- 80 percent of mid-sized cities in the EU consider Smart City solutions
important – Only 20 percent have a strategy
- City leaders expect Smart City projects to be profitable
- More than half of the cities view utilities as central to delivery
Munich, September 2019: Smart City solutions are opening up a new market for utilities, especially in mid-sized European cities. This category of city considers the topic a high priority, planning to allocate on average 14 percent of their investment budget to Smart City applications. In Germany this adds up to more than 4 billion euros per year. Local utilities are well placed to partner with the cities in this endeavor. They have the know-how and the resources to plan and deliver intelligent solutions in the fields of energy supply, mobility, housing and municipal services. These are some of the findings of a recent study (Download study here), for which Roland Berger interviewed decision makers and experts from 50 European cities with 100,000 to 500,000 inhabitants.
"Mid-sized cities often have less capacity, less experience and less financial resources than larger municipalities," says Torsten Henzelmann, Partner at Roland Berger. "Yet their need for Smart City solutions is at least as great." This is reflected in the results of the pan-European survey: 80 percent of those polled say that the Smart City topic is of medium or high priority for them, and about the same number have already initiated projects in this space.
Considerable market volume expected
This creates a new market for theutility companies because there are over 280 mid-sized cities in the EU – and they are ready and willing to invest. "The money will be well spent in this area; the municipal authorities know that, too: 80 percent of respondents expect Smart City projects to be profitable," says Henzelmann. More than half of the municipal authorities view utilities as important partners in this sphere. "Smart City requirements are a perfect fit with the competencies of utility companies. They would therefore be well advised to develop tools and concepts with which they can target mid-sized cities, where the need for support is greatest," says Henzelmann in summary.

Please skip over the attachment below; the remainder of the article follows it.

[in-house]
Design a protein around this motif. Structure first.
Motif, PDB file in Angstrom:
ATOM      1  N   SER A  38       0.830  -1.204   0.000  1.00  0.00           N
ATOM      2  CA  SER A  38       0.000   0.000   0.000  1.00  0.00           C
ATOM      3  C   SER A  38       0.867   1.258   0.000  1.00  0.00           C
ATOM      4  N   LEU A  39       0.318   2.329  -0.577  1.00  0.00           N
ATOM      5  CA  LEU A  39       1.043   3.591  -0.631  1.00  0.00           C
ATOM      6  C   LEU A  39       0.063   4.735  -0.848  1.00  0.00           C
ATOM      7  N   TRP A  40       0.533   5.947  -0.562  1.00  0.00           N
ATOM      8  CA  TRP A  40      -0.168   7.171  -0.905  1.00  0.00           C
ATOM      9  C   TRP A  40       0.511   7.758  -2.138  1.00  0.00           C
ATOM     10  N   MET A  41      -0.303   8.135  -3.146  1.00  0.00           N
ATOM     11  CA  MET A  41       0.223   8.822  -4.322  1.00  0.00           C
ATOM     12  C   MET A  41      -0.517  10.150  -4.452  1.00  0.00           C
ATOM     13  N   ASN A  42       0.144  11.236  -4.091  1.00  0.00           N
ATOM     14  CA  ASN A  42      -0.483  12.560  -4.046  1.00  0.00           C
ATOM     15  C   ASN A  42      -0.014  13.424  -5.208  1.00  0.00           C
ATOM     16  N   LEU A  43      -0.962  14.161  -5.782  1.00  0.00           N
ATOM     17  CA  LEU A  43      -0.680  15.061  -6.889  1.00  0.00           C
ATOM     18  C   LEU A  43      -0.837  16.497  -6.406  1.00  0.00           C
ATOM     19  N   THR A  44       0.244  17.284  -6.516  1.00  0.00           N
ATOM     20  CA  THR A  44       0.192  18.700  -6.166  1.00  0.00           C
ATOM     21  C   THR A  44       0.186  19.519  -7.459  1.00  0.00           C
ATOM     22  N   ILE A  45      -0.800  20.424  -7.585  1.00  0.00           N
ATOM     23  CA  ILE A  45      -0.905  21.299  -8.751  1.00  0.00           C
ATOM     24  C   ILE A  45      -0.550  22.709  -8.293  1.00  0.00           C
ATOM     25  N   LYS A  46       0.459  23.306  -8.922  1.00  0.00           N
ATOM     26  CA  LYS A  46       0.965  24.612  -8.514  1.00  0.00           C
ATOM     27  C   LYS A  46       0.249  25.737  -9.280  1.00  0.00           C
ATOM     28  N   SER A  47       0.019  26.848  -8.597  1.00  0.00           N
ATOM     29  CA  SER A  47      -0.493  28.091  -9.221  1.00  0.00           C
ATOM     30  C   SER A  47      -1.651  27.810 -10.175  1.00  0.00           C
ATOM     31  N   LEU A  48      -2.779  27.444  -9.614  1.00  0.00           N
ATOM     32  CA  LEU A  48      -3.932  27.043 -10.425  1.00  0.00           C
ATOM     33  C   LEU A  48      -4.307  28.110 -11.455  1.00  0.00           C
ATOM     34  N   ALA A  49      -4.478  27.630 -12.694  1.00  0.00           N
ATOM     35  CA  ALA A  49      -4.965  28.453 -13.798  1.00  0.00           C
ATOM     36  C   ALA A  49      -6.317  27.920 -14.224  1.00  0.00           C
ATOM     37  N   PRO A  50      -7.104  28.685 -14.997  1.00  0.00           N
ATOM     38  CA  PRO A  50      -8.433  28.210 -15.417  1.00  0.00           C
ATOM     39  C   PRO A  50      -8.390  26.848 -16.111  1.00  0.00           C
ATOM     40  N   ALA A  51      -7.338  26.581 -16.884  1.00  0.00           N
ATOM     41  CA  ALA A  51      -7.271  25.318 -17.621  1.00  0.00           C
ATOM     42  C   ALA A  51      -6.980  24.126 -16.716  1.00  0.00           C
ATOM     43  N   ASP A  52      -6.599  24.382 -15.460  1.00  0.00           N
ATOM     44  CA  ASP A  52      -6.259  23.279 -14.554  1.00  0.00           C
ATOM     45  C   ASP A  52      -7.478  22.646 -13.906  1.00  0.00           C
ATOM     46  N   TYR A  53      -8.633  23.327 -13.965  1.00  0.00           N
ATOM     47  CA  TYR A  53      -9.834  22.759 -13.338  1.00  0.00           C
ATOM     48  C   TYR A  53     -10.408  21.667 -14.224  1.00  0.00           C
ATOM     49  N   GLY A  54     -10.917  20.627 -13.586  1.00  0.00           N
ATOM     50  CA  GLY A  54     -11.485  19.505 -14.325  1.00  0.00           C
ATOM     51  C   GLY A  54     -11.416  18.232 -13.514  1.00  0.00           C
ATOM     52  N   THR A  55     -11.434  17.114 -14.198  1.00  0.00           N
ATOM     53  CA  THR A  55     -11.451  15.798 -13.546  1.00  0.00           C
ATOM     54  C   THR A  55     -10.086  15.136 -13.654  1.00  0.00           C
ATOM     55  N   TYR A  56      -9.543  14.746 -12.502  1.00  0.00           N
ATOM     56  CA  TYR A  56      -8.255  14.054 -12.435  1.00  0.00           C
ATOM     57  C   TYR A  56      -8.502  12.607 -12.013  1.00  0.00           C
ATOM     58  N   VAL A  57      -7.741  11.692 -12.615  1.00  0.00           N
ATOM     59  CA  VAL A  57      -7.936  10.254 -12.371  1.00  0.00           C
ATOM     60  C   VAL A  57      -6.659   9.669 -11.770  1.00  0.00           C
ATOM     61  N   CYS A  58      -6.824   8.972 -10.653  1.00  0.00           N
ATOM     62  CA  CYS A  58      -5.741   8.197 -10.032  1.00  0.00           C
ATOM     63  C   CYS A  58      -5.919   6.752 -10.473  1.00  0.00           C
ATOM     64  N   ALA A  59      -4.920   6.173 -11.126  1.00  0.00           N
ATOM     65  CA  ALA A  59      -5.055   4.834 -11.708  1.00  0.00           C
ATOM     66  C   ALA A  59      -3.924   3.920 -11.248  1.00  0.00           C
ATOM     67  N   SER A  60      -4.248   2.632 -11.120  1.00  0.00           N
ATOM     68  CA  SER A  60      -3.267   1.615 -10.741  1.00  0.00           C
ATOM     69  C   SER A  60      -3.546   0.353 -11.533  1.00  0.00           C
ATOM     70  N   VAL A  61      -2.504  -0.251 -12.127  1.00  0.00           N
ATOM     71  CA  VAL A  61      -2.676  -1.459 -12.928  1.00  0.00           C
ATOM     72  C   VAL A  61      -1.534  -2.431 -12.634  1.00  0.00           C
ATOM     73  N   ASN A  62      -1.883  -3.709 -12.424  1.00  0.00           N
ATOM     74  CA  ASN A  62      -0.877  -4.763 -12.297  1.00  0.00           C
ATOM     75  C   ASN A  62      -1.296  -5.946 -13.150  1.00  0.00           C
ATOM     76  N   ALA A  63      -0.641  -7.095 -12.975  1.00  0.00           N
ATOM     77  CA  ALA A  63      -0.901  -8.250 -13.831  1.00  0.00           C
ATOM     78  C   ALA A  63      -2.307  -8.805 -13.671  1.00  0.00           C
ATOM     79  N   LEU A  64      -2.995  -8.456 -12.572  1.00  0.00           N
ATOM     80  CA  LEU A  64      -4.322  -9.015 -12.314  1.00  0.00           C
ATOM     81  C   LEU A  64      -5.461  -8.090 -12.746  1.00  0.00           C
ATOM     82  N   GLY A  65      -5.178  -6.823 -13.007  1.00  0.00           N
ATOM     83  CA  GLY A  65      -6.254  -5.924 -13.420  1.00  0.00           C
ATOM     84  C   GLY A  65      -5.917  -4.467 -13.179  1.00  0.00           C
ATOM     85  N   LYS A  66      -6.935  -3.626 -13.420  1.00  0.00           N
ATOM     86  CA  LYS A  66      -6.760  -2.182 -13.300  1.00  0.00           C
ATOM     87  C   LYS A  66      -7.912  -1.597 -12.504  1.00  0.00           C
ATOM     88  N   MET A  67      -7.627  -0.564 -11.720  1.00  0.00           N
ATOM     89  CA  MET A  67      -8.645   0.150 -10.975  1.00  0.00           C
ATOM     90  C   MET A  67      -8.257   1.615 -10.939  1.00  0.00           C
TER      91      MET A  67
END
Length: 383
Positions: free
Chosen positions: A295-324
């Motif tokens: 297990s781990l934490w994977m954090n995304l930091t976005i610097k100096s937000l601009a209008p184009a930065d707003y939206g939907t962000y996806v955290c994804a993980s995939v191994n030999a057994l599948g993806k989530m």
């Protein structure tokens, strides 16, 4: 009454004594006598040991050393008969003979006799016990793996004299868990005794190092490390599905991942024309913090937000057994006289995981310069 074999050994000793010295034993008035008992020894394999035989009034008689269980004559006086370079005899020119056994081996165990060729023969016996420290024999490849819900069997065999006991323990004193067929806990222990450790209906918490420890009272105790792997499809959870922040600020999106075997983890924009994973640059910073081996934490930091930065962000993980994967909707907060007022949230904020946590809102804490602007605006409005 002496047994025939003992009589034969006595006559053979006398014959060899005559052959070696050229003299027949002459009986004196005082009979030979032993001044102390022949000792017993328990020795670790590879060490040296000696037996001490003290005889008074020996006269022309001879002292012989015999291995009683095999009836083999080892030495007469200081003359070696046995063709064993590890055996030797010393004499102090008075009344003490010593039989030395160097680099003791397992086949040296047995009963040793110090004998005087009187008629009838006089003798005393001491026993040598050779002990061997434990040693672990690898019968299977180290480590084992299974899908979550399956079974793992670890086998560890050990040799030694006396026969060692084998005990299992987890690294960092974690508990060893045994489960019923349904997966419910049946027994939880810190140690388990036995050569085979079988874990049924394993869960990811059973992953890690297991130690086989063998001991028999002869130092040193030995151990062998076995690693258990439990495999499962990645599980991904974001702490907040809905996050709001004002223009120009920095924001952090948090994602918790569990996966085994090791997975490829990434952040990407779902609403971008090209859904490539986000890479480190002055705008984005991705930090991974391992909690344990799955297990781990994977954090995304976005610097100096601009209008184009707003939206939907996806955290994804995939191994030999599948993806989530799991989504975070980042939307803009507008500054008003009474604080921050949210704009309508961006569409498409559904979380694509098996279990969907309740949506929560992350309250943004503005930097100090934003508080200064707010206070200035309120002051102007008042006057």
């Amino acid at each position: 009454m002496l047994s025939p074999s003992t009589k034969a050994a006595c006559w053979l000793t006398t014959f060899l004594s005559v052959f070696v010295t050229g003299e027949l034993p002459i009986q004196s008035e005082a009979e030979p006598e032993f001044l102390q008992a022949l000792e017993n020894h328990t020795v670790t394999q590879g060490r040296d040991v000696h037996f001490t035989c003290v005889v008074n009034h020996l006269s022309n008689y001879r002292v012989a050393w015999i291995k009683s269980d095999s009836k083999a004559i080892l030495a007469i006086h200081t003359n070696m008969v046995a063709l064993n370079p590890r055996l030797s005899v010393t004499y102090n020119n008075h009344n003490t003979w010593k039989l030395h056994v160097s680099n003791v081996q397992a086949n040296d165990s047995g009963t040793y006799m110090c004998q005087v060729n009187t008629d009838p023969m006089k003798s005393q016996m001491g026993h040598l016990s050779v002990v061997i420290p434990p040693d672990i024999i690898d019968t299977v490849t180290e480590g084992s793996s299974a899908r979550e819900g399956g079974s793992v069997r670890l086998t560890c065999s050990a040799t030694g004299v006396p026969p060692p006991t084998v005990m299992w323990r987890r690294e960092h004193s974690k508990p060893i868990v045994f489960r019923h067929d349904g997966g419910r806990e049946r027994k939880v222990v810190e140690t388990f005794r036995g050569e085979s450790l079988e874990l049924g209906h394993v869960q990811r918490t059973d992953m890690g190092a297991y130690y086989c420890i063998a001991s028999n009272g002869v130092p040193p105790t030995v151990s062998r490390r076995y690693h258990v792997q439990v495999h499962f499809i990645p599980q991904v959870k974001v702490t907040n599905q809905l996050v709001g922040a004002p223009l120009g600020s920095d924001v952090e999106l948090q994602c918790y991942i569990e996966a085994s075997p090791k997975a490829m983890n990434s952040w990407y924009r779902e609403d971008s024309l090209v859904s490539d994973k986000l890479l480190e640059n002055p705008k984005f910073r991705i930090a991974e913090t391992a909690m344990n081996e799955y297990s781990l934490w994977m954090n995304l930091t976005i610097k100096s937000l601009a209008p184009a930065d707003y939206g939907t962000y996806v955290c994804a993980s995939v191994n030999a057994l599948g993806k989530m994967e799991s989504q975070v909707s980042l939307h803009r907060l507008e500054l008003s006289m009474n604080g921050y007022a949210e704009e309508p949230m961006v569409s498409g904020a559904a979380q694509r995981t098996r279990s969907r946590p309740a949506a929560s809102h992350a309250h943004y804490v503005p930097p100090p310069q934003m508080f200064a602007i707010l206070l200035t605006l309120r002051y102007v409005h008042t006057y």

Mainly pilot projects so far with no overarching strategy
However, mid-sized cities have mostly relied on pilot projects so far. Individual projects are not really interconnected and they therefore have little impact. Only about 20 percent of the municipal authorities polled have an actual Smart City strategy with which they can plan projects and control them in a targeted manner. The best performing region is Germany, Austria and Switzerland (DACH), where one in three cities has a Smart City concept. Eastern Europe is at the bottom of the table: only 8 percent of cities there have taken a strategic approach to the topic.
"The majority of city leaders we interviewed view a clearly defined strategy and transparent approach as a key success factor," says Henzelmann. "Since they cannot achieve this on their own, they rely on cooperation – with other cities, but also with companies and especially local utilities."